Track the Latest Atmospheric Rivers to Hit California and the Pacific Northwest

A pair of atmospheric rivers is expected to hit the Western United States and Canada in the coming days.

How Atmospheric Rivers Cause Flooding

In the coming weeks, buckets of rain are likely to batter California. The culprit? Atmospheric rivers. The rains are born far away, deep in the tropical Pacific, where water evaporated from the warm ocean surface is absorbed into the atmosphere.

How California Reservoir Water Levels Changed After Atmospheric Rivers

One reservoir in northern California rose by 5 feet after two atmospheric rivers supplemented the water levels. An atmospheric river began across much of the Pacific Northwest, including Oregon and Northern California, on Friday.

Parade of Cross-Country Storms to Hammer the West Coast Into Mid-January

The weather in the new year will kick off on an active note as a series of storms will travel from coast to coast, bringing heavy rain, snow and thunderstorms over the 10 days. The West will bear the brunt of each storm first, beginning with one arriving early this week, warn AccuWeather meteorologists.

Northwest Drinking Water Concerns Could Get Worse as the Climate Changes

Thunderstorms high in the Cascades recently stirred up a lot of dirt in a central Washington river, causing problems for people on its banks.

All the dirt in the Naches River was too much for the city of Yakima’s water treatment plant to handle. Cities and towns could see situations like this happen more often as the climate continues to change.

Climate change will cause more storm runoff, change when snowpack melts and lead to more severe wildfires and harmful algal blooms, said Amanda Hohner. She studies how post-wildfire runoff affects drinking water treatment plants.

“At least in the Western U.S., the effects of wildfire and also climate change are really starting to challenge drinking water treatment plants, resulting in different water quality than maybe those water treatment plants were designed for,” Hohner said.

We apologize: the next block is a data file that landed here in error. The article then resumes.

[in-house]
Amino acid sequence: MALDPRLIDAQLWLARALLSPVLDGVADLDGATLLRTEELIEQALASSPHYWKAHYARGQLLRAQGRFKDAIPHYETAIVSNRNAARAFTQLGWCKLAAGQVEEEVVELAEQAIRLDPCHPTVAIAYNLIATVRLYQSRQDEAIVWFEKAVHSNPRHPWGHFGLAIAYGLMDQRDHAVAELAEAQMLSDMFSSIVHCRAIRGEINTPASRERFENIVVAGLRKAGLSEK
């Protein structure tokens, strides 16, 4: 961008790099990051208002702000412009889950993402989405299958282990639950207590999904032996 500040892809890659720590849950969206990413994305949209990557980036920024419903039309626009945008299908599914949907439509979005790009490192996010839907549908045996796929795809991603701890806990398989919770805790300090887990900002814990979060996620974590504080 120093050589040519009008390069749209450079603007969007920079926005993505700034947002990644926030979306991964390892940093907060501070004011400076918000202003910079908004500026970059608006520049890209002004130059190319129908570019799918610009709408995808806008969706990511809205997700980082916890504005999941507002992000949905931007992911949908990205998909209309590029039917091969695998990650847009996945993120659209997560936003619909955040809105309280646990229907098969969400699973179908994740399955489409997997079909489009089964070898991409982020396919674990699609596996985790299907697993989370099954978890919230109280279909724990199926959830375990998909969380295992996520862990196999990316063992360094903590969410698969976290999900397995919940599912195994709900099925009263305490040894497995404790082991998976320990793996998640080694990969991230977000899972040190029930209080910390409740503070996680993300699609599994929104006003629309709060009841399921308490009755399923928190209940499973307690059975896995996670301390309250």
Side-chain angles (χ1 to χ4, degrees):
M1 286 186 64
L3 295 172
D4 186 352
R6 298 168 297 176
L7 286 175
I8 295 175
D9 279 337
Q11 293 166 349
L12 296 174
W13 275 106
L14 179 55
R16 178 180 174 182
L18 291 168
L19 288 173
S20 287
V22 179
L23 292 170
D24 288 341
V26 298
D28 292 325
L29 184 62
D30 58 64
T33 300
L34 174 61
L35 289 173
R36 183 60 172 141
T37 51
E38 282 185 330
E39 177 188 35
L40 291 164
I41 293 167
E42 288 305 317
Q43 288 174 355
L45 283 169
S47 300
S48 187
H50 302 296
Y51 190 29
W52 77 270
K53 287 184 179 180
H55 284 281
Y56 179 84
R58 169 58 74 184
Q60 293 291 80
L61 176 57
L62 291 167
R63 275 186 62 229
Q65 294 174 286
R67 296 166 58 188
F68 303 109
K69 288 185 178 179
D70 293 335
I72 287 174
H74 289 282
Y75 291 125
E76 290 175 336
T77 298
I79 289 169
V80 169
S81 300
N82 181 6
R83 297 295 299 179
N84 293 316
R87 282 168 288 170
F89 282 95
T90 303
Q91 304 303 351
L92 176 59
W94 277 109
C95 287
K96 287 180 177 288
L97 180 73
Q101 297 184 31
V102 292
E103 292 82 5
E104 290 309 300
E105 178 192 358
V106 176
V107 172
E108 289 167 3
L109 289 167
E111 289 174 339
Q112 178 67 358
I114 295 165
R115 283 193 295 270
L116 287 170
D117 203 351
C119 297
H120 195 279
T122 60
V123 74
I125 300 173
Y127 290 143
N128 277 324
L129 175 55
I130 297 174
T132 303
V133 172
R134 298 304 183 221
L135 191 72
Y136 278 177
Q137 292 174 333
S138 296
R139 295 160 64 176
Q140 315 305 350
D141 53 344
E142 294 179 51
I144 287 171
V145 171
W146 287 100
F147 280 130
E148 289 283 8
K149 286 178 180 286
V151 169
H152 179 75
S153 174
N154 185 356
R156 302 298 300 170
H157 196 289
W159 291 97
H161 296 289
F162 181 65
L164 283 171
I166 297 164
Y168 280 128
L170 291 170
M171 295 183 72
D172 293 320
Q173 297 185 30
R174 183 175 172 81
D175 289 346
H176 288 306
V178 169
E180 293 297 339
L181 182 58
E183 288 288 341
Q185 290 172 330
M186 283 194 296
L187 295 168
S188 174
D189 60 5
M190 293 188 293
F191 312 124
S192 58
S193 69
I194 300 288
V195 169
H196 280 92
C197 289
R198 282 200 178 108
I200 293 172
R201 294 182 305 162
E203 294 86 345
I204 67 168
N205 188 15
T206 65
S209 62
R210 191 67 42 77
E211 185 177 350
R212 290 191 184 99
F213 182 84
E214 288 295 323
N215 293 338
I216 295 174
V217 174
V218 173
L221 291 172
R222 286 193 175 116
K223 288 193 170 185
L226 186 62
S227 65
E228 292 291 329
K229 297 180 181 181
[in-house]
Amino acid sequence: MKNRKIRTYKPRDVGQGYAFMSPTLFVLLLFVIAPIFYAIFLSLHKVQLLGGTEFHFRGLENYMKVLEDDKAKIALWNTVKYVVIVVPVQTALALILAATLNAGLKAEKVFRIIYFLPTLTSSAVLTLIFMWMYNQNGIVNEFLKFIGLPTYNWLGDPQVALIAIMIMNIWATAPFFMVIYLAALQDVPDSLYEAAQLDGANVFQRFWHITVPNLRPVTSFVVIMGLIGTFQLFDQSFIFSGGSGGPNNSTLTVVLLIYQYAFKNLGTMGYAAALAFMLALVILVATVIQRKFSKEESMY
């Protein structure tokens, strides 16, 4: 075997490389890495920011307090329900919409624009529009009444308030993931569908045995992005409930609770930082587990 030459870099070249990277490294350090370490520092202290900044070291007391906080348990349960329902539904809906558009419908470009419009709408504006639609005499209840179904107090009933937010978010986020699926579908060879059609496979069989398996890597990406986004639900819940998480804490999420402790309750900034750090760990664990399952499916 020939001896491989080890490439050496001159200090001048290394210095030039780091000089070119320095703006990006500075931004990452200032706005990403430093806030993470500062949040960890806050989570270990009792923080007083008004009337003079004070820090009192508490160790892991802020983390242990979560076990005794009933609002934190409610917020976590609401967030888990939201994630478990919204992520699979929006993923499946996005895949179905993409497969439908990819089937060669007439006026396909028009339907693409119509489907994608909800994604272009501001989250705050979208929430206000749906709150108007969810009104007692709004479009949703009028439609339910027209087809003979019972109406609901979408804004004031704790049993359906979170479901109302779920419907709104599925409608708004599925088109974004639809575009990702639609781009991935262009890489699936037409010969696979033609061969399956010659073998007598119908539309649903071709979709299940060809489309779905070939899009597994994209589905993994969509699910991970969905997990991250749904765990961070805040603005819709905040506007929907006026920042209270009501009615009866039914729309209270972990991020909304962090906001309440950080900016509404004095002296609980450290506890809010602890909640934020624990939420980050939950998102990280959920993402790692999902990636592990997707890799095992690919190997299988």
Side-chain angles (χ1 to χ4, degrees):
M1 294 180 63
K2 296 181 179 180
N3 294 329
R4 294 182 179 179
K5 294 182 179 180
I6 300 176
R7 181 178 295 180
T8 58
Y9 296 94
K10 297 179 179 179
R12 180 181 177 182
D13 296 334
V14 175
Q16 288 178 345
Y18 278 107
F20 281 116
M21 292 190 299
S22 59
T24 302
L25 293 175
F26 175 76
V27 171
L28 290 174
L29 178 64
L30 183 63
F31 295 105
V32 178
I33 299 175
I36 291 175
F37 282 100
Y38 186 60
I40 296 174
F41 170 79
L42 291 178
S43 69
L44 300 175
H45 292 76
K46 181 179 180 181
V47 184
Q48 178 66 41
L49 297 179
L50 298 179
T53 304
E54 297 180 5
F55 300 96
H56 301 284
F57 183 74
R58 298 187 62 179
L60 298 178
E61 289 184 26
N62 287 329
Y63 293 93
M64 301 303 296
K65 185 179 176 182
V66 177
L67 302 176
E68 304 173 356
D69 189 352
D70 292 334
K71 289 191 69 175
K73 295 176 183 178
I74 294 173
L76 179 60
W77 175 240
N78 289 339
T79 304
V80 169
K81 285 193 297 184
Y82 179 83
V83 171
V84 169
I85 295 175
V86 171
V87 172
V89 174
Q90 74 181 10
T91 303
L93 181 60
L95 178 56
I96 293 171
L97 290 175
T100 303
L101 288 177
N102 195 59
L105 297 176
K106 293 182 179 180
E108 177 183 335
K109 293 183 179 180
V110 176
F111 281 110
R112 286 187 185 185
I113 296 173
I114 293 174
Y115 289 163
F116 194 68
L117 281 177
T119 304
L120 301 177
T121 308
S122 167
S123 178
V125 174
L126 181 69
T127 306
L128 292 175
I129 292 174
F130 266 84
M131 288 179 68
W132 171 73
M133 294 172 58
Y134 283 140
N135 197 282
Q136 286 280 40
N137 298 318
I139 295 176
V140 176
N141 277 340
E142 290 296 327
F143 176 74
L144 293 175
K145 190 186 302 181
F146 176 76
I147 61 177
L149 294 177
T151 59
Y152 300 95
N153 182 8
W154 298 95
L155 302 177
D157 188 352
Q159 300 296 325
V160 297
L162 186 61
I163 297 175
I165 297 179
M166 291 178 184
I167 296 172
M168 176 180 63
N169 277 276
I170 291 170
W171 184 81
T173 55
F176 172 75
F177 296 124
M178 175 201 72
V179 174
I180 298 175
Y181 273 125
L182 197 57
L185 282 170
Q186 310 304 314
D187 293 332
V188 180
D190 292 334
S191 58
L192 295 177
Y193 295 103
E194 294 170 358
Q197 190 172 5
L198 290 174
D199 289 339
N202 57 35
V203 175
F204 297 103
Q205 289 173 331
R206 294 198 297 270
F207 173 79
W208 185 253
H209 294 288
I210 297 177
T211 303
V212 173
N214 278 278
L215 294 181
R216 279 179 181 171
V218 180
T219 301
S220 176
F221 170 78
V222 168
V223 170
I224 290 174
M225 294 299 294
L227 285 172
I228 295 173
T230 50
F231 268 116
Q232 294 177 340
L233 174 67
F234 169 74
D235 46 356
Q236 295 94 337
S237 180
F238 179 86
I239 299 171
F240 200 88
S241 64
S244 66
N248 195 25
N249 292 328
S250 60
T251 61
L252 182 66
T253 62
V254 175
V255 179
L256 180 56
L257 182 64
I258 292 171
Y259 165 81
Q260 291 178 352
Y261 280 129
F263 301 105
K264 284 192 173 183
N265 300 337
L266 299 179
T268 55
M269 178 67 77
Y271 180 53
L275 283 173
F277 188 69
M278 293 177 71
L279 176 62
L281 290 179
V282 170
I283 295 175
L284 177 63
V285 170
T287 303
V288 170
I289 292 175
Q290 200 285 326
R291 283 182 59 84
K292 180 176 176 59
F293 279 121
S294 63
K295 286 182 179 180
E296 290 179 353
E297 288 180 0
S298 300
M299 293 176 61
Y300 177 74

Storms to Deliver Rain, Mountain Snow Across Western US Through Christmas

Residents across the western United States who have drought relief on their holiday wish lists this season will be in luck over the next week. A series of storms will take aim at the West Coast and deliver needed rain and mountain snow from Southern California to the Pacific Northwest through Christmas Day.

Series of Wintry Storms Take Aim at Northwest

Another series of storms is set to sweep through the Pacific Northwest and Northern California into next week and not only bring much-needed rain and mountain snow but also flooding concerns.

A dip in the jet stream across the Bering Sea through the northern Pacific Ocean will push waves of energy toward the Canadian Rocky Mountains and Northwest this week, according to AccuWeather Lead Long-Range Senior Meteorologist Paul Pastelok, who added that temperatures will be near to below normal.

San Francisco Could See Its First Rainfall Since January as a Potentially Wetter California Weather Pattern Takes Shape

Much needed rain will finally return to California and will likely end a month-plus dry streak in San Francisco and Sacramento. Dry conditions have prevailed across most of California since late January due to the upper-level pattern.  A strong area of high pressure aloft near California has pushed the jet stream and storm track northward into the Pacific Northwest.

The persistence of this pattern has resulted in drought conditions during the wet season. Nearly 70% of the Golden State is abnormally dry, and about a third of the state is in moderate drought, according to the latest report from the U.S. Drought Monitor.

Water Reservoirs Below Average in Cascades

Coming off a summer of moderate drought with some crop losses, the five Cascade Mountain reservoirs serving irrigators in the Yakima Basin have less water than normal and the winter snowpack outlook is uncertain.

“We are in an El Nino neutral which would mean normal conditions and we would be fairly optimistic. No one has been calling for a dry or mild winter so we have no cause to think it will be,” said Chris Lynch, hydrologist for the U.S. Bureau of Reclamation in Yakima. However, he added, a warm water body off the Gulf of Alaska, reminiscent of one there prior to the drought of 2015, could result in more moderate temperatures and less snow.